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Harper's Encyclopedia of United States History (ed. Benson Lossing) 2 0 Browse Search
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Harper's Encyclopedia of United States History (ed. Benson Lossing), Georgia, (search)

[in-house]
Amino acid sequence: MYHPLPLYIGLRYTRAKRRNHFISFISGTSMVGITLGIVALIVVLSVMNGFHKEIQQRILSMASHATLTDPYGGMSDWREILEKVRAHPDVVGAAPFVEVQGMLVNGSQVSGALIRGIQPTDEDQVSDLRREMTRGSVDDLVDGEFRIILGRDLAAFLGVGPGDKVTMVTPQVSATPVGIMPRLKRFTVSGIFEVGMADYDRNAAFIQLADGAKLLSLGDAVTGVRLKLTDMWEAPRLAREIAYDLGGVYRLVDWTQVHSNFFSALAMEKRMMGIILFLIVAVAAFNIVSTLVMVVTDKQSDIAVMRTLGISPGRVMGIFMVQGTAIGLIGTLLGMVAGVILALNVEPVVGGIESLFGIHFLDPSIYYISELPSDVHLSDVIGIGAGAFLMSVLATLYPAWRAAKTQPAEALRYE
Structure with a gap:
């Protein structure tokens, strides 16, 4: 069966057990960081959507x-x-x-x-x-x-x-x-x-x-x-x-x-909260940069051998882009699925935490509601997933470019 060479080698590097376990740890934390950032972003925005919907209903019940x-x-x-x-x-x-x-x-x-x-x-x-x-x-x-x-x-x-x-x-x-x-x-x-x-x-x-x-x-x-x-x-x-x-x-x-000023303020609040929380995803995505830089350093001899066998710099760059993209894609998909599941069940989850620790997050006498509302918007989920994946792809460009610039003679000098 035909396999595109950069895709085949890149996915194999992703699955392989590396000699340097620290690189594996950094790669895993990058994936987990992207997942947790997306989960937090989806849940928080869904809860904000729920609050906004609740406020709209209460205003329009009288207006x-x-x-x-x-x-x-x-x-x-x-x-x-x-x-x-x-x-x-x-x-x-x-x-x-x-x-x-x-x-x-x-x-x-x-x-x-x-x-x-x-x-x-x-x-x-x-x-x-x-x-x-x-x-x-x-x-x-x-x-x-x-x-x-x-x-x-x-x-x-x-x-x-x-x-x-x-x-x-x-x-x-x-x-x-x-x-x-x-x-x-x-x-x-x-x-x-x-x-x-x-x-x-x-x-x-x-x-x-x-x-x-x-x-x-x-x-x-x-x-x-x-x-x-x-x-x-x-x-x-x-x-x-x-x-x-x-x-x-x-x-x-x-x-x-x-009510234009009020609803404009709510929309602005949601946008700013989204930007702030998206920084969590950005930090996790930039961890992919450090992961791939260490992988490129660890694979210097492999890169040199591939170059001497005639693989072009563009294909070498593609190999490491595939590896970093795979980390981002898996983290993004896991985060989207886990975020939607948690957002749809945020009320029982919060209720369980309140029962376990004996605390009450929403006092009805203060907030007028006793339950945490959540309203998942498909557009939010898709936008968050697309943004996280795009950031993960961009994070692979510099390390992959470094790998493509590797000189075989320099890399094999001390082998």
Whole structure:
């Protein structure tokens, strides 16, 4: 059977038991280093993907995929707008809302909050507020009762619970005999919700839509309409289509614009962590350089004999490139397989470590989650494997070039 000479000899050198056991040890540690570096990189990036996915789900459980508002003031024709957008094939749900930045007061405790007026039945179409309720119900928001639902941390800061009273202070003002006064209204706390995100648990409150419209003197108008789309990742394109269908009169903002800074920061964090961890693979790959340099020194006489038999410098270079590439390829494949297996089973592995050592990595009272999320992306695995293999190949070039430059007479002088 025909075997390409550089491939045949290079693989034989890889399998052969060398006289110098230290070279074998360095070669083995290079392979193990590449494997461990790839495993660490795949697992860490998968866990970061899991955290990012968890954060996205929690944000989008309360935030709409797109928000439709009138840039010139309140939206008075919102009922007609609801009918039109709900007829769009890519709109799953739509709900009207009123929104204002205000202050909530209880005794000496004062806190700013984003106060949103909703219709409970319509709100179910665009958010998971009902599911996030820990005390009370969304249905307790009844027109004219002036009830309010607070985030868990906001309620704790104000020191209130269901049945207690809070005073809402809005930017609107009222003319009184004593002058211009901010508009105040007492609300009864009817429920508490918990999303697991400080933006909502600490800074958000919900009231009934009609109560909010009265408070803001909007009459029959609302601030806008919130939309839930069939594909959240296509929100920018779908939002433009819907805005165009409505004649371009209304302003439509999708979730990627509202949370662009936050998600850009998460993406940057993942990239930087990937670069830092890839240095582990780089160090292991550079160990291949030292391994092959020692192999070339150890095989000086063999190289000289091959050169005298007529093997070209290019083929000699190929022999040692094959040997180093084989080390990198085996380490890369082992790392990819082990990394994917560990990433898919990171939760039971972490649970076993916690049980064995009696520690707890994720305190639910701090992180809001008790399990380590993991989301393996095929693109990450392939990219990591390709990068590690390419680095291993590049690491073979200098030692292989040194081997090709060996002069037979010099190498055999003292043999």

Augusta and opened a communication with the South Carolina Tories and the friendly Creek Indians. Now secured in the quiet possession of Georgia, Prevost issued a proclamation reinstating Sir James Wright as governor, and the laws as they had been before 1775. Savannah became the headquarters of the British army in the South. By a compact between the national government and Georgia, made in 1802, they forever agreed, in consideration of the latter relinquishing her claim to the Mississippi territory, to extinguish, at the national expense, the Indian title to the lands occupied by them in Georgia, whenever it could be peaceably done on reasonable terms. Since making that agreement, the national government had extinguished the Indian title to about 15,000,000 acres, and conveyed the same to the State of Georgia. There still remained 9,537,000 acres in possession of the Indians, of which 5,292,000 acres belonged to the Cherokees and the remainder to the Creek nation. In 1824 th